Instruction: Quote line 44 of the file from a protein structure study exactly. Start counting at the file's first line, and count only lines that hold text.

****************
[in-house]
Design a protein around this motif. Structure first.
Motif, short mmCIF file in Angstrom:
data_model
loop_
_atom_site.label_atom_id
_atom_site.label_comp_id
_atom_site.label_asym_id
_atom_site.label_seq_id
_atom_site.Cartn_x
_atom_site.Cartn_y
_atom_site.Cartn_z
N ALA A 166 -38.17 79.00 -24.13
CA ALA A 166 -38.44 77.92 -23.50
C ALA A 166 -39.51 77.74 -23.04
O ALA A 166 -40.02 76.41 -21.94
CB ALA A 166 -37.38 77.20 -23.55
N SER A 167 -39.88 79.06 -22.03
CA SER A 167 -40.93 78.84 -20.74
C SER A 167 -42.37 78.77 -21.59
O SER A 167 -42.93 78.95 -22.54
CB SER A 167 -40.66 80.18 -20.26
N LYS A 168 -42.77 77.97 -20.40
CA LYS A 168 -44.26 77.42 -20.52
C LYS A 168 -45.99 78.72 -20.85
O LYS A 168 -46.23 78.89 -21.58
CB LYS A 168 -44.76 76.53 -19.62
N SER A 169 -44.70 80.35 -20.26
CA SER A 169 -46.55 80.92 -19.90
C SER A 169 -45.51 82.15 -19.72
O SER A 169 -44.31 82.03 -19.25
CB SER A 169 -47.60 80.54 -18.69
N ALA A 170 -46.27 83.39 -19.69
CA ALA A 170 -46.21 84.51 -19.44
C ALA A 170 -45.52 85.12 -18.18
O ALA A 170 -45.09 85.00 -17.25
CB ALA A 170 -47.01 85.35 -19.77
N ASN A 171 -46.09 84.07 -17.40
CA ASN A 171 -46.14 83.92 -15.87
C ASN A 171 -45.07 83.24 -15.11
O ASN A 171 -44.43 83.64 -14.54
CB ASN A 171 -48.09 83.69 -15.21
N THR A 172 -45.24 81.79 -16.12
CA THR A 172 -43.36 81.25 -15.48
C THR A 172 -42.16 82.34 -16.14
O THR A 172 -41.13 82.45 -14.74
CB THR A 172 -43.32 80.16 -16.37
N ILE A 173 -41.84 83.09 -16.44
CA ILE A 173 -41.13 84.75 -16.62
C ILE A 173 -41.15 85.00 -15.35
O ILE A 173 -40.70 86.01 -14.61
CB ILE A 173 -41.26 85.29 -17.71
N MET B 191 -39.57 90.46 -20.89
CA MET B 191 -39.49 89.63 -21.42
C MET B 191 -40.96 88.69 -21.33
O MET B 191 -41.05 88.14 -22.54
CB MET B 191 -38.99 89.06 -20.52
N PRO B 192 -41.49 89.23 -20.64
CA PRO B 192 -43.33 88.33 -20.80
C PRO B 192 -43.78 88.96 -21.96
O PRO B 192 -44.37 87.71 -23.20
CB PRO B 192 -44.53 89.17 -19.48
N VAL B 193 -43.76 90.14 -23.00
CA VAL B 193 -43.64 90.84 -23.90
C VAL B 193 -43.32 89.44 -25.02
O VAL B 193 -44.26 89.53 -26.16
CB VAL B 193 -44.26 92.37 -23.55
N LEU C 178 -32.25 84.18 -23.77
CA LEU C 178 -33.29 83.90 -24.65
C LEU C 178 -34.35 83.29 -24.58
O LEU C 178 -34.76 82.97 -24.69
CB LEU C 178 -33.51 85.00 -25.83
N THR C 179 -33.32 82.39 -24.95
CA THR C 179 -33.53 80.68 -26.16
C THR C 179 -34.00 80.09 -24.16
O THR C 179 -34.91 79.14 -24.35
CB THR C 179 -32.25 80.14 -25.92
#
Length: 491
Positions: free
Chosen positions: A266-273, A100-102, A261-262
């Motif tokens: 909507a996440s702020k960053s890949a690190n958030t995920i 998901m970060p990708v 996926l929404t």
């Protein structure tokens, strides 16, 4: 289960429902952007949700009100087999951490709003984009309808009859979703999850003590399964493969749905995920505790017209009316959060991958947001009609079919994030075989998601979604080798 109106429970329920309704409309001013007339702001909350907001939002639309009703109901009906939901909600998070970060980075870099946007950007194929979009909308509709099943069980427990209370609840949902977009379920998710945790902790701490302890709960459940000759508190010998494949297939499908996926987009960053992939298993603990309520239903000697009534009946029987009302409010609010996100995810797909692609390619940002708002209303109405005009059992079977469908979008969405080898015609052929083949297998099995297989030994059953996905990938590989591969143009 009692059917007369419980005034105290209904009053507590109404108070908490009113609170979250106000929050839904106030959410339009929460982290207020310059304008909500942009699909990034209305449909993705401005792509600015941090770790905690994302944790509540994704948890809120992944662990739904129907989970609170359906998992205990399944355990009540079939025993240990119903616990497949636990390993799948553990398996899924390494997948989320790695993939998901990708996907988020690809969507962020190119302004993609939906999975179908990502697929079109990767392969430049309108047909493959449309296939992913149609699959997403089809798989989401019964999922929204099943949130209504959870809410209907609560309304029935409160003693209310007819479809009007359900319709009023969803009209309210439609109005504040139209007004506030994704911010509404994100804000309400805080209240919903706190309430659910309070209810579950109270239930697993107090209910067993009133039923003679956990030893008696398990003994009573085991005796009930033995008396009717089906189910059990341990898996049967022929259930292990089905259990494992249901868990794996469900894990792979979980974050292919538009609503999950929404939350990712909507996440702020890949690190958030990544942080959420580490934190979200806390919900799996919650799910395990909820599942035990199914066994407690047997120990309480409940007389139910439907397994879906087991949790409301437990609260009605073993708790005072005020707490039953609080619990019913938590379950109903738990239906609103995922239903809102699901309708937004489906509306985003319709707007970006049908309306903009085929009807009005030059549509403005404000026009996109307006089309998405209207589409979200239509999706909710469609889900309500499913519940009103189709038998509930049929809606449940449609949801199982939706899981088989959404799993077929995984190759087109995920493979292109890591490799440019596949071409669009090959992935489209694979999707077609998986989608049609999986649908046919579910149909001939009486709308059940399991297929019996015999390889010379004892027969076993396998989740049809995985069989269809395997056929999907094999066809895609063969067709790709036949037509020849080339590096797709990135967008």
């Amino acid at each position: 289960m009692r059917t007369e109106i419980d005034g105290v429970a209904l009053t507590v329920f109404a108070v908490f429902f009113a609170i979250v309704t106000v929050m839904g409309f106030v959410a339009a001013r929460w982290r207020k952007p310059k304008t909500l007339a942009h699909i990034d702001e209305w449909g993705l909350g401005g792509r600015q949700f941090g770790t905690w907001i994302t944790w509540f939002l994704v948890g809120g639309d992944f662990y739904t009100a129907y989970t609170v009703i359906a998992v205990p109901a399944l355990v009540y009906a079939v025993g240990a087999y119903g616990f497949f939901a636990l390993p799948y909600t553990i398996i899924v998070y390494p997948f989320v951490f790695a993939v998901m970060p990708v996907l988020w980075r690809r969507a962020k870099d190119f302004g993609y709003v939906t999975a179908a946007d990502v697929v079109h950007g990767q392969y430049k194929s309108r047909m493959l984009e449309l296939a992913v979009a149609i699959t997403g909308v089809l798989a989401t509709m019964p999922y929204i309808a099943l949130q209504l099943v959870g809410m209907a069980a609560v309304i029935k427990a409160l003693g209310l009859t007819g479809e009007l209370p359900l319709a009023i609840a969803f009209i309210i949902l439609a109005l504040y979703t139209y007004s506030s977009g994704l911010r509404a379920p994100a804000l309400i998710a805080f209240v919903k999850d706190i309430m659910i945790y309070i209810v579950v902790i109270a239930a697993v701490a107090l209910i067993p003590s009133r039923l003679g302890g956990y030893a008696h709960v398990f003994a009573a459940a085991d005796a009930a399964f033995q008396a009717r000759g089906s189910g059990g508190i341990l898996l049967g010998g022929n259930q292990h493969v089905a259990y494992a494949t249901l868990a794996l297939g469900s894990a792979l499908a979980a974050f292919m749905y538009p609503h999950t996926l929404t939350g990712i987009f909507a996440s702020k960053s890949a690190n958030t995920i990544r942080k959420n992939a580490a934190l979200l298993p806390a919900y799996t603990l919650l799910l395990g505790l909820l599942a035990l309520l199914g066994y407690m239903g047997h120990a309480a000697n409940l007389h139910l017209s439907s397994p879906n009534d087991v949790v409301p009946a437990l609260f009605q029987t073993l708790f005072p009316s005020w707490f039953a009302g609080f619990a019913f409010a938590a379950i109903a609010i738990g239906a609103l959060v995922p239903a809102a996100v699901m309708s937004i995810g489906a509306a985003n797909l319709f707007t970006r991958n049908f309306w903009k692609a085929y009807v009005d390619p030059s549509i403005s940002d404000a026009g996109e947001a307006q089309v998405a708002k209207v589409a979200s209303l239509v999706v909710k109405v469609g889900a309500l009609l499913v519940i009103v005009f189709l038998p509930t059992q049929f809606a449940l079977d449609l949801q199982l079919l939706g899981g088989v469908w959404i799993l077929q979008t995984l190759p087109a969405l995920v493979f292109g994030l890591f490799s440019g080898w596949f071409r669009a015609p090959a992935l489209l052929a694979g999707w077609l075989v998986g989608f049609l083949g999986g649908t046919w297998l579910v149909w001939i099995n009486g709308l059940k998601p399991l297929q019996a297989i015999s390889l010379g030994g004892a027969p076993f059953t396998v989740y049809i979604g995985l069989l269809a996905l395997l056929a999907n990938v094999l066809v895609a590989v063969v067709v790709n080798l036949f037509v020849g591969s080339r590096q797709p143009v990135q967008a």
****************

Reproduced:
CA THR A 172 -43.36 81.25 -15.48